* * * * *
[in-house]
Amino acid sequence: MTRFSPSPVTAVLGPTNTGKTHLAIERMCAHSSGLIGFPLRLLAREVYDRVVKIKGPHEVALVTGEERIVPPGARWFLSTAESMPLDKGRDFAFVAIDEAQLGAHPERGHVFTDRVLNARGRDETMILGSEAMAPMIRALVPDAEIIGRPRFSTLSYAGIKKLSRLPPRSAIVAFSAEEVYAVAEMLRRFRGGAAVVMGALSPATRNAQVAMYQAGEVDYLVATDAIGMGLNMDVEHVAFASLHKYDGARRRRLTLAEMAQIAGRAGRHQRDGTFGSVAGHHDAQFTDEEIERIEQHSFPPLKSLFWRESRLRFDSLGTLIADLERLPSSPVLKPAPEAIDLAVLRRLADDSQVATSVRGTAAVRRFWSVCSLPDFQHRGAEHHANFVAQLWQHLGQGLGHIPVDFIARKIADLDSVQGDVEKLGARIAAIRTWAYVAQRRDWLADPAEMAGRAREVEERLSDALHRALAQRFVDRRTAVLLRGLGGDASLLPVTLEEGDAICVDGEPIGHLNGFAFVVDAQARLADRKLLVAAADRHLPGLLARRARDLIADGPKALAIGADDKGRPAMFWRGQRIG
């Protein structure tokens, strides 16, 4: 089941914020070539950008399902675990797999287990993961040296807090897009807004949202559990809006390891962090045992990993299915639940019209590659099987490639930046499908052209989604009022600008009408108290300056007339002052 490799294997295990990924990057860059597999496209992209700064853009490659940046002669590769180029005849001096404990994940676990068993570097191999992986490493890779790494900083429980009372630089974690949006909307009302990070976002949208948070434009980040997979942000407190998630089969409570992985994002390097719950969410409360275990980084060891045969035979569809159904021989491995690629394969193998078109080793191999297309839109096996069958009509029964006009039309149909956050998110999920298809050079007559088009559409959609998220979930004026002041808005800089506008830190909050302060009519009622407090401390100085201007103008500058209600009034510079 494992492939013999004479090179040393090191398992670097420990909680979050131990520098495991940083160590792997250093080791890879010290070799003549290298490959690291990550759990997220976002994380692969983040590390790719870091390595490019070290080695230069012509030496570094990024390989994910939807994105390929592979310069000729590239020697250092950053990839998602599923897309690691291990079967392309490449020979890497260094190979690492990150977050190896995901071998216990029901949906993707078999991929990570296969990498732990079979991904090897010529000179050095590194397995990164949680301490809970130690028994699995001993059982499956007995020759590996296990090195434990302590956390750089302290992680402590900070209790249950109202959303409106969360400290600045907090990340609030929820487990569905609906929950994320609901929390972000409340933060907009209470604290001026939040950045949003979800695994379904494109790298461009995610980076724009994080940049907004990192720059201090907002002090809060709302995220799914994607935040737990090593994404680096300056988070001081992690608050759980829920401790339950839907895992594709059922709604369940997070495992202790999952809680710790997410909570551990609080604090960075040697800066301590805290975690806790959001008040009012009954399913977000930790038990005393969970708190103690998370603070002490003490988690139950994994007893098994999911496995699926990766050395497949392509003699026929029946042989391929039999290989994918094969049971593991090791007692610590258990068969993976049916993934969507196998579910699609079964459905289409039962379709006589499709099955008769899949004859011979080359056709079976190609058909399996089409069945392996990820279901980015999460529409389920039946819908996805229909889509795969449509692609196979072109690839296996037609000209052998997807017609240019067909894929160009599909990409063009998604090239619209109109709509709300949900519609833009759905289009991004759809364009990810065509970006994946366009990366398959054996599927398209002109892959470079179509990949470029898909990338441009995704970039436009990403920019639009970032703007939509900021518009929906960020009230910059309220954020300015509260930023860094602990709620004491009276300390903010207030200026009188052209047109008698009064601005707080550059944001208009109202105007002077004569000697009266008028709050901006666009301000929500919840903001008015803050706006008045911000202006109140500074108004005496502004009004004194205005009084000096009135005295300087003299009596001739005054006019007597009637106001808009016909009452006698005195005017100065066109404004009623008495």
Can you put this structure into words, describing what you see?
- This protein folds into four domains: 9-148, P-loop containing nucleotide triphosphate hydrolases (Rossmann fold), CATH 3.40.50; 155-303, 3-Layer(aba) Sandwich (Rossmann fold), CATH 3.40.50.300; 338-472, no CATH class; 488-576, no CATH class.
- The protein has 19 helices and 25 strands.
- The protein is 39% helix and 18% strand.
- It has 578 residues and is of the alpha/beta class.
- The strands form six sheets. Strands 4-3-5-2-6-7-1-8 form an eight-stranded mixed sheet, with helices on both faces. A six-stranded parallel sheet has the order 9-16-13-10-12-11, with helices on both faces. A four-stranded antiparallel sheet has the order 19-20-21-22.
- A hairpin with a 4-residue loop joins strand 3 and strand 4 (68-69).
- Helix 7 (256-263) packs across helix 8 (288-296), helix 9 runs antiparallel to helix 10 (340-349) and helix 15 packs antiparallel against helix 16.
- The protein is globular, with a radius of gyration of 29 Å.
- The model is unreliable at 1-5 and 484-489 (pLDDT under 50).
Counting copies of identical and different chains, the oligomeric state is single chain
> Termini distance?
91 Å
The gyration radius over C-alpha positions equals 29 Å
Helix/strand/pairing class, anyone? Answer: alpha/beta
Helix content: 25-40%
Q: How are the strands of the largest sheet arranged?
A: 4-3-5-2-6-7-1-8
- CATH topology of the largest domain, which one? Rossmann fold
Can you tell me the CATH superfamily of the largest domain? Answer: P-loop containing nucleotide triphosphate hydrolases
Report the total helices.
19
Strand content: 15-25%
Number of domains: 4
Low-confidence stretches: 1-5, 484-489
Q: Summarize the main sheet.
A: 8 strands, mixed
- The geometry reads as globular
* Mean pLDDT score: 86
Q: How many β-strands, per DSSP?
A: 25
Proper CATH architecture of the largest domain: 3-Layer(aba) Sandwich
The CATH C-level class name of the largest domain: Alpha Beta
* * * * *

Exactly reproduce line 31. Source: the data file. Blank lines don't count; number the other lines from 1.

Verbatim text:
- The geometry reads as globular